TOURIST GUIDE TO CASCADES PARK
This blog will talk about the most attractive place in Tallahassee that Florida offers to tourists, and this place is Cascades Park.
Quite simply, Cascades Park in Tallahassee has to be the most attractive stormwater management facility in the country. This is clearly one of the proudest recent achievements of the city of Tallahassee and all of surrounding Leon County, an area already rightly delighted with its many parks, covered roads, nature trails, and other green spaces. "This is the jewel in the crown of our community," said Leon County Commissioner Kristin Dozier, a third-generation resident of Tallahassee and chair of the region's intergovernmental agency Blueprint 2000, which was primarily responsible for the development of the Park. City Commissioner Scott Maddox, a former mayor of Tallahassee,
There is no doubt that this is Tallahassee Central Park. "It's the best attraction in Tallahassee that doesn't involve football," said John Van Gieson, longtime Tallahassee resident and community activist.
This is one of the best weekend activities for families in Tallahassee. The playground was not an original part of the Park. But a group of dedicated residents, working under the auspices of the Knight Creative Communities Institute, identified the need for a creative zone for children and, with funding from local businesses, made it happen. "It sounds cheesy, but it's the most satisfying and important thing I've done to make the community I live in a better place,"
"Every time we go to the Cascades, my husband says with a big smile on his face, 'I can't believe this is in Tallahassee. We are so lucky! '" · Historic features, including a Korean War Memorial and the State's First Meridian Marker, the primary point of reference for every survey still underway in the State of Florida. · Imagination Fountain, already a local favorite. At the time, the city had less than 200.
"Hats off to our local heritage." · The commemoration of Smokey Hollow, a tribute to a 1900s African-American community that once stood on parts of Cascades Park and was home to prominent black leaders and many more who worked in the city. · And, of course, the Amphitheater of the Capital, a beautiful outdoor stage for concerts and shows. With 1,546 fixed seats and a lawn that can accommodate an additional 1,500 people, it is already becoming one of North Florida's premier entertainment venues.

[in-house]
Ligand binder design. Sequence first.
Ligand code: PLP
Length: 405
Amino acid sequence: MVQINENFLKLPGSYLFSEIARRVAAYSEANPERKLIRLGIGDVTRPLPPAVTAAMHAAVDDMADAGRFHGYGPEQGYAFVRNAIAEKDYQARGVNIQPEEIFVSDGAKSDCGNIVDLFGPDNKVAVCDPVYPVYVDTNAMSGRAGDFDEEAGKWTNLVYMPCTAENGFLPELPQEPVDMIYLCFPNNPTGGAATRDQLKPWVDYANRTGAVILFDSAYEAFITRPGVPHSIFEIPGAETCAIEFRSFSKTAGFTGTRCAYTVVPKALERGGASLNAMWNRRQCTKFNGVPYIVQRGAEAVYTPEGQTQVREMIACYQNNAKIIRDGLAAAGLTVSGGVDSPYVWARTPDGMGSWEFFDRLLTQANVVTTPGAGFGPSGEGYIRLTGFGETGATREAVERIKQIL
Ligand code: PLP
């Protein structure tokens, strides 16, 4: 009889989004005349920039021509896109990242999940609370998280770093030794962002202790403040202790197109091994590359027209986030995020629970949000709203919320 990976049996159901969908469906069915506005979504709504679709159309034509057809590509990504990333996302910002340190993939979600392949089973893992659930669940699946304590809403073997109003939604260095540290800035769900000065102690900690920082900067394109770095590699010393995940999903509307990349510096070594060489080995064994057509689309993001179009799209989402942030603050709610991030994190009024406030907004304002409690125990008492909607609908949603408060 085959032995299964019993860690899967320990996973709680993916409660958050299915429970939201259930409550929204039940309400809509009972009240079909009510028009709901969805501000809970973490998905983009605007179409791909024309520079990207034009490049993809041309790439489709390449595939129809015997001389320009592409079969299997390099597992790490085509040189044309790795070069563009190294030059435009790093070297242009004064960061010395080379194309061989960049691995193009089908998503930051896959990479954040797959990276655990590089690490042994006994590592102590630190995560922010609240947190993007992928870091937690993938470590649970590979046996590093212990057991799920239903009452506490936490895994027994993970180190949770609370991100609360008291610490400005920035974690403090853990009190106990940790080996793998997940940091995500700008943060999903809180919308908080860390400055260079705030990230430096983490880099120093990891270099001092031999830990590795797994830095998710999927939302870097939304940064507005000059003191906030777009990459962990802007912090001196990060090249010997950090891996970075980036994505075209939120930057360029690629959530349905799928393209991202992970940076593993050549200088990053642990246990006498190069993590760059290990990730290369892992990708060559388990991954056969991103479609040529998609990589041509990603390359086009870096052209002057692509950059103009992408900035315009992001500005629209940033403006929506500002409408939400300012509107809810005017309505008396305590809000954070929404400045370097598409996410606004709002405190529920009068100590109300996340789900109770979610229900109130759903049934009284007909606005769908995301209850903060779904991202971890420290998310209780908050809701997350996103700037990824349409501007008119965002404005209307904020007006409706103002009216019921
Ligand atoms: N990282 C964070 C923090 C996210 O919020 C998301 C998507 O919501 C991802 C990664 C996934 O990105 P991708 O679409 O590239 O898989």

"The incredible amphitheater is something this community has never had," Dozier said. "We'll have national and local acts, plays, all kinds of things. The Park sits where Tallahassee Hill originated, a site that fascinated early settlers with a 30-foot waterfall that flowed into a sparkling pool, a spring - at least for the early years. - pure water for these pioneers and, more, for the inhabitants of the city. As Tallahassee developed, the area was home to a minor league baseball and football field and a city-owned gas plant which unfortunately contaminated much of the site.
In the 1990s, Mayor Maddox and other city officials began looking to clean up the site and alleviate some of the flooding that hit adjacent parts of the city. While it took many years to bring together many government agencies and various community groups, it eventually produced Cascades Park, especially after city and county voters agreed to extend a sales tax from one cent under Blueprint 2000. That's what this Park is all about," said Wayne Tedder, director of Blueprint 2000 and Leon County planner. "This Park is a game-changer," Dozier said.
So, Cascades Park offers various experiences to its visitors, which makes this place worth visiting.
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